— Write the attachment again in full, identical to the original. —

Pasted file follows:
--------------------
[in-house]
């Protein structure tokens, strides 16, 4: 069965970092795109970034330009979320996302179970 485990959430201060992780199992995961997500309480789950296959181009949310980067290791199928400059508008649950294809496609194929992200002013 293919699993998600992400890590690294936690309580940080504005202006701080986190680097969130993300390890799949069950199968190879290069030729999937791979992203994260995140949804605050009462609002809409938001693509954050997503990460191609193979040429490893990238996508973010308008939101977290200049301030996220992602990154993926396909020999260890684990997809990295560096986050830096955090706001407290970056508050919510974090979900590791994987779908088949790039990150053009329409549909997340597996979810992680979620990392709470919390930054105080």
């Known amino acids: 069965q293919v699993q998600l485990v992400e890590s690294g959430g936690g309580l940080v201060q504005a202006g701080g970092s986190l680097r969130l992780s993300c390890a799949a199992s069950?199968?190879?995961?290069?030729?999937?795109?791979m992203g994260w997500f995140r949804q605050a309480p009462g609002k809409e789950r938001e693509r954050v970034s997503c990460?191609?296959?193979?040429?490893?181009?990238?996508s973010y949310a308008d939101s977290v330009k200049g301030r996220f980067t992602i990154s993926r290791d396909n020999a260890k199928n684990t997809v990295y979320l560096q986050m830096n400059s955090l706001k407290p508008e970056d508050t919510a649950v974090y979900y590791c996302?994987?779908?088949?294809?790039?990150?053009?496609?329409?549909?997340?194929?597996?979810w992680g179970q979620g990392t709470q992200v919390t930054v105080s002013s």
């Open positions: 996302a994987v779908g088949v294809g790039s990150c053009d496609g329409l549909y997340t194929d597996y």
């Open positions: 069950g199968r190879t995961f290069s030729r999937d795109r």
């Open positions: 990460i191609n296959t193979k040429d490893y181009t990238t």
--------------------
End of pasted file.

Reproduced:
[in-house]
């Protein structure tokens, strides 16, 4: 069965970092795109970034330009979320996302179970 485990959430201060992780199992995961997500309480789950296959181009949310980067290791199928400059508008649950294809496609194929992200002013 293919699993998600992400890590690294936690309580940080504005202006701080986190680097969130993300390890799949069950199968190879290069030729999937791979992203994260995140949804605050009462609002809409938001693509954050997503990460191609193979040429490893990238996508973010308008939101977290200049301030996220992602990154993926396909020999260890684990997809990295560096986050830096955090706001407290970056508050919510974090979900590791994987779908088949790039990150053009329409549909997340597996979810992680979620990392709470919390930054105080």
């Known amino acids: 069965q293919v699993q998600l485990v992400e890590s690294g959430g936690g309580l940080v201060q504005a202006g701080g970092s986190l680097r969130l992780s993300c390890a799949a199992s069950?199968?190879?995961?290069?030729?999937?795109?791979m992203g994260w997500f995140r949804q605050a309480p009462g609002k809409e789950r938001e693509r954050v970034s997503c990460?191609?296959?193979?040429?490893?181009?990238?996508s973010y949310a308008d939101s977290v330009k200049g301030r996220f980067t992602i990154s993926r290791d396909n020999a260890k199928n684990t997809v990295y979320l560096q986050m830096n400059s955090l706001k407290p508008e970056d508050t919510a649950v974090y979900y590791c996302?994987?779908?088949?294809?790039?990150?053009?496609?329409?549909?997340?194929?597996?979810w992680g179970q979620g990392t709470q992200v919390t930054v105080s002013s």
């Open positions: 996302a994987v779908g088949v294809g790039s990150c053009d496609g329409l549909y997340t194929d597996y």
């Open positions: 069950g199968r190879t995961f290069s030729r999937d795109r």
């Open positions: 990460i191609n296959t193979k040429d490893y181009t990238t």